Download the IBREAM brochure for more information about our workDownload Brochure
By combining conservation with cutting-edge reproductive science, IBREAM is developing tools that could mean no mammal need ever be lost to extinctionRead More
- Pygmy Hippopotamus Labwork in Florida at SEZARC
- Pygmy Hippo project interview
- African wild dog research update USA: May – September 2014
- Pygmy Hippo USA fieldwork update May & June 2014
- Very sad news… One of our beloved Rhinos is no longer with us now
Our Current Projects
Pygmy Hippos are elusive, solitary forest animals, listed as Endangered by IUCN. Their habitat has been eroded to such an extent that they are now restricted to just a 5,000 km² area of West Africa and in 1994 approximately 3000 animals were estimated to exist in the wild, although this is now likely to be much lower. We are carrying out pioneering work both in zoos and in the wild to help preserve the Pygmy Hippo and save it from extinction.
The Ethiopian Wolf plays a vital role in its local ecosystem but with less than 500 adults remaining it is in critical danger. IBREAM is working to develop tools that will allow us to understand the reproductive biology of the species, enabling assisted breeding as a backup plan for its long-term preservation. We also aim, together with our local partners, to set up an Ethiopian Wolf semen bank.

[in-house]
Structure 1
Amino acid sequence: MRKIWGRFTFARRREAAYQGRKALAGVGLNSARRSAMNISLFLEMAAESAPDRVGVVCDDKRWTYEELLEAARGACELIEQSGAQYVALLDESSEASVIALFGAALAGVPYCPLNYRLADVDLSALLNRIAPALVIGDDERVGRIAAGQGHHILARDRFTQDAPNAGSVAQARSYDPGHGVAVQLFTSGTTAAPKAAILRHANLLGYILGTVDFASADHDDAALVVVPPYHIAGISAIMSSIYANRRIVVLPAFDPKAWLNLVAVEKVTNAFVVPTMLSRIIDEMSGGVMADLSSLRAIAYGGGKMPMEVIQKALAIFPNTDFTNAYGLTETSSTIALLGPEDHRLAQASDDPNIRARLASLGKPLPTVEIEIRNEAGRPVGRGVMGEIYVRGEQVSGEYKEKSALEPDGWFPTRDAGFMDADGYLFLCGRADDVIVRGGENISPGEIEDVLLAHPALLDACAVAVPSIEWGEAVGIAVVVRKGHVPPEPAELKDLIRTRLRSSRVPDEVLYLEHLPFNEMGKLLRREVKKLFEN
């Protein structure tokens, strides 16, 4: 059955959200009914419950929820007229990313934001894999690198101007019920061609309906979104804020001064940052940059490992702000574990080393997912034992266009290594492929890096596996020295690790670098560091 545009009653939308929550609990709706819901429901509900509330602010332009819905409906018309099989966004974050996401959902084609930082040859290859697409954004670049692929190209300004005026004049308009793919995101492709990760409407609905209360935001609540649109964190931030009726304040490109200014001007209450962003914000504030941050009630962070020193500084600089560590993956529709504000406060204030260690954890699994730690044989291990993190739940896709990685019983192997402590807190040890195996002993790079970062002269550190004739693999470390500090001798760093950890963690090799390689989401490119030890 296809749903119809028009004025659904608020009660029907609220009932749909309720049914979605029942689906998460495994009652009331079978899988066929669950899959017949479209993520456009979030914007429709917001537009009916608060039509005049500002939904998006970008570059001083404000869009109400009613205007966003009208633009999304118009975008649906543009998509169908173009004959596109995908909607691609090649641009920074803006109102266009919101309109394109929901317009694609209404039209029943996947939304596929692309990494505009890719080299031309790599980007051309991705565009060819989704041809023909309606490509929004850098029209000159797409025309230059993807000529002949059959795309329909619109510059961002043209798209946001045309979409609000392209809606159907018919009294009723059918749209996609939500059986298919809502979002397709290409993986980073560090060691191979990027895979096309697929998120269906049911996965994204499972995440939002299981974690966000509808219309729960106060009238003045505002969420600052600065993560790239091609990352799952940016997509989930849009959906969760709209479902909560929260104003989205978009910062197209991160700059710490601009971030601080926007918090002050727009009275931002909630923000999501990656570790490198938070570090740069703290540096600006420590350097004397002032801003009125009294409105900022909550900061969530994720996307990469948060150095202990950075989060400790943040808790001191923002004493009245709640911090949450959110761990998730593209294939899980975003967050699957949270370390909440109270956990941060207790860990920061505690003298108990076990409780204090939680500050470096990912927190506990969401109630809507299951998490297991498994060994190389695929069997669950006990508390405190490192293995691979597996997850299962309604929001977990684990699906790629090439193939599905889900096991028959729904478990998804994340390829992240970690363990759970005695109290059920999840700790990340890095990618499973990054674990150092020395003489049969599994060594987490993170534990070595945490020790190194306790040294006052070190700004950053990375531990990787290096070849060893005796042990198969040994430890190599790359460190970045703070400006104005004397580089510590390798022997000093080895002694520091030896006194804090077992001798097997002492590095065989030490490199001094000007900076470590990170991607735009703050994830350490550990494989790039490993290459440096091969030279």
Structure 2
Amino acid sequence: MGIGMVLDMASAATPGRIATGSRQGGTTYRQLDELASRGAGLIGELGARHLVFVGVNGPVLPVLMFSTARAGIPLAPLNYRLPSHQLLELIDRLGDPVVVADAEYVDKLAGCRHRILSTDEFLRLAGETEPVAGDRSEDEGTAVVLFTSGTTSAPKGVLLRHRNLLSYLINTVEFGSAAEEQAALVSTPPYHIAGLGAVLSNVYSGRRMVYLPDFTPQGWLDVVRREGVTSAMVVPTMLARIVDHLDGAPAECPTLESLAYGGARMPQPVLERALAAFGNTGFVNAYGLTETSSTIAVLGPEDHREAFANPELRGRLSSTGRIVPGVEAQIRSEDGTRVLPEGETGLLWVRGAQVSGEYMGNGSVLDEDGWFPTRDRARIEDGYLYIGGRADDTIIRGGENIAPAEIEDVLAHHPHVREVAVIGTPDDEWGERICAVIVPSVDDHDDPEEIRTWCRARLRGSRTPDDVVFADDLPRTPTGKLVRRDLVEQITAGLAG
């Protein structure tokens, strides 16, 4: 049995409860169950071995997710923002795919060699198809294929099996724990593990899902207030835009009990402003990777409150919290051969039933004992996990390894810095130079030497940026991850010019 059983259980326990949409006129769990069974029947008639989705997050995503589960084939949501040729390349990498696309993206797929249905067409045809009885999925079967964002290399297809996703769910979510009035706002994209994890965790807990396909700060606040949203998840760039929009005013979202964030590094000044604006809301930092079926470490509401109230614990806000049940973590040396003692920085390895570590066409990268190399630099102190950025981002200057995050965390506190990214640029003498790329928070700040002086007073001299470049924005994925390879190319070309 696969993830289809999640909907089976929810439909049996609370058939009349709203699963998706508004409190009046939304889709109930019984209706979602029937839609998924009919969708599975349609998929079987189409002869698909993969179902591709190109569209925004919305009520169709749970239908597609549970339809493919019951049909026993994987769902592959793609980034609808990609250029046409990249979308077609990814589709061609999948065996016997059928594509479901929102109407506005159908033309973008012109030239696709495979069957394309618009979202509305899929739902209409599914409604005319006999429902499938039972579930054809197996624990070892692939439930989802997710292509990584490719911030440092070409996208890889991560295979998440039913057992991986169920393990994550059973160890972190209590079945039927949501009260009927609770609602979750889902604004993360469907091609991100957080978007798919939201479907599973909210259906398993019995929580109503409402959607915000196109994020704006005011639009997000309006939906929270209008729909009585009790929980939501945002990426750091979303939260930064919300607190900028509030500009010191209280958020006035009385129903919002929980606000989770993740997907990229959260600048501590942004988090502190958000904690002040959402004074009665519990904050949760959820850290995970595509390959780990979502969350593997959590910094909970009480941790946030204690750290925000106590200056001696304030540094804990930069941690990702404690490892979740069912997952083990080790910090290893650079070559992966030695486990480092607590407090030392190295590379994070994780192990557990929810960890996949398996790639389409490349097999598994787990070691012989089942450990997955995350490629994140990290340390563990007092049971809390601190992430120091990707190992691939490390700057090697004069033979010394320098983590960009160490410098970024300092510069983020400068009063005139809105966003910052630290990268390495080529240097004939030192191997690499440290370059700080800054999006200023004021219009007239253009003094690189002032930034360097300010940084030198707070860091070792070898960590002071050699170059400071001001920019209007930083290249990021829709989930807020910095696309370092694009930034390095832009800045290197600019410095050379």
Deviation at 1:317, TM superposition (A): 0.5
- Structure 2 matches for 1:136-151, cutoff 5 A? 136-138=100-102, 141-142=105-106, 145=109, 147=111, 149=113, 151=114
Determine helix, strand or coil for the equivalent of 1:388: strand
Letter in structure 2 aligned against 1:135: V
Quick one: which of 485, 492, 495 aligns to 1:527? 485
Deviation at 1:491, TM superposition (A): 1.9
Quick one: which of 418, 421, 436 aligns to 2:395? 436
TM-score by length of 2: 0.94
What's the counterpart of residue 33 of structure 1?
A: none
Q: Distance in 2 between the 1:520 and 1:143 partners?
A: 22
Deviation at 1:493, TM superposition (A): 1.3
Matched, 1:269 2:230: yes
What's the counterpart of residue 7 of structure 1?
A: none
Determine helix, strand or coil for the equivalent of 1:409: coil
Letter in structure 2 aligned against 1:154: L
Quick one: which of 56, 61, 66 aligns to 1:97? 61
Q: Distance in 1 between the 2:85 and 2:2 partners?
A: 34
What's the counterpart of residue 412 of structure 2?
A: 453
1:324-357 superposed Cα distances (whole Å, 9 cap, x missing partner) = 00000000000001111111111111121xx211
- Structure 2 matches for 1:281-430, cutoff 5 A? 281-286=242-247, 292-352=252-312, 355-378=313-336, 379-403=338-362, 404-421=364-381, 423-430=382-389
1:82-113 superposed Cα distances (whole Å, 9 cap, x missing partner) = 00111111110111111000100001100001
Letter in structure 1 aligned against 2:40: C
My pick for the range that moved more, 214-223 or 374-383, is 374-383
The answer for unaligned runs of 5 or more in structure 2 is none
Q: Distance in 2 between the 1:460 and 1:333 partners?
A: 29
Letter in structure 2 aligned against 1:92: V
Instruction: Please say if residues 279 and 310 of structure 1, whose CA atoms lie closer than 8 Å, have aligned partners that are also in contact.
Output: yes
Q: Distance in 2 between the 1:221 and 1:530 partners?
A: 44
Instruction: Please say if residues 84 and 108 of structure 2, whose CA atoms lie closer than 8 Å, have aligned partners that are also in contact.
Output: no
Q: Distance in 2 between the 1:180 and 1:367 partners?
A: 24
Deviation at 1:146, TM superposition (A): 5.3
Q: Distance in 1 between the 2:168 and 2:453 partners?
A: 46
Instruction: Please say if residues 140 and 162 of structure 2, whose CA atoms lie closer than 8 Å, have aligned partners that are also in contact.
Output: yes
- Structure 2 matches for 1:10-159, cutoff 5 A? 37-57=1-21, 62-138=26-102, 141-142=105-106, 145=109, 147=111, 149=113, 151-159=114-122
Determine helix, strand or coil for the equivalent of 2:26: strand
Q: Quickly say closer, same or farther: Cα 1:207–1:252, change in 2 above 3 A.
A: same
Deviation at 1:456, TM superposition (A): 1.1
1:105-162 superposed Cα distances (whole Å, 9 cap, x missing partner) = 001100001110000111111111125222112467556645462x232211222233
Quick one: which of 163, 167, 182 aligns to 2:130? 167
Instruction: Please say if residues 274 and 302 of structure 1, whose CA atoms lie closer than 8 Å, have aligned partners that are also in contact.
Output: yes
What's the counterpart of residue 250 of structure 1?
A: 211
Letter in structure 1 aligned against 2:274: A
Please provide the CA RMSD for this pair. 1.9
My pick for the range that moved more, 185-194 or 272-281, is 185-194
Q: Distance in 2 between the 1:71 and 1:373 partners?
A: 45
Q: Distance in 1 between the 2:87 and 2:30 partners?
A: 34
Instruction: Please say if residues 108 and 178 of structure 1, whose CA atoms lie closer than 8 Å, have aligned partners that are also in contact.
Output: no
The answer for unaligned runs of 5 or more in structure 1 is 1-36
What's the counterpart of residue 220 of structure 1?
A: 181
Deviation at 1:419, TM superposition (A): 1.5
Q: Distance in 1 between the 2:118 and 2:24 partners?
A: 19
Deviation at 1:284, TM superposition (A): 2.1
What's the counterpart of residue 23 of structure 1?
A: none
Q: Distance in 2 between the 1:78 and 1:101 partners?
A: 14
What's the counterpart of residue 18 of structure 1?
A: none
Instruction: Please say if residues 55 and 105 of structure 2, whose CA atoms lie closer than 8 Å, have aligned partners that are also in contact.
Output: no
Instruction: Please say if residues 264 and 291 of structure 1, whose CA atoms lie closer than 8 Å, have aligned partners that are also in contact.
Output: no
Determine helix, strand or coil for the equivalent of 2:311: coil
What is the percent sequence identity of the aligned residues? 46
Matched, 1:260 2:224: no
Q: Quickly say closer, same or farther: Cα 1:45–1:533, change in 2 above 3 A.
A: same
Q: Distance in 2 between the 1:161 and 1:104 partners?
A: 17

Less than 2,500 adult African Wild Dogs remain on the planet and this number continues to decline. But not enough is known about the species to allow an effective program of assisted reproduction. IBREAM is researching the reproductive biology of African Wild Dogs to help prevent the species from being lost forever.
Wildlife researcher Annemieke van der Goot studies reproduction in free-living white rhinos in their natural habitat in Africa, which will help understand and solve reproductive problems that are threatening the survival of the white rhino, one of the last giant mammals living on our planet.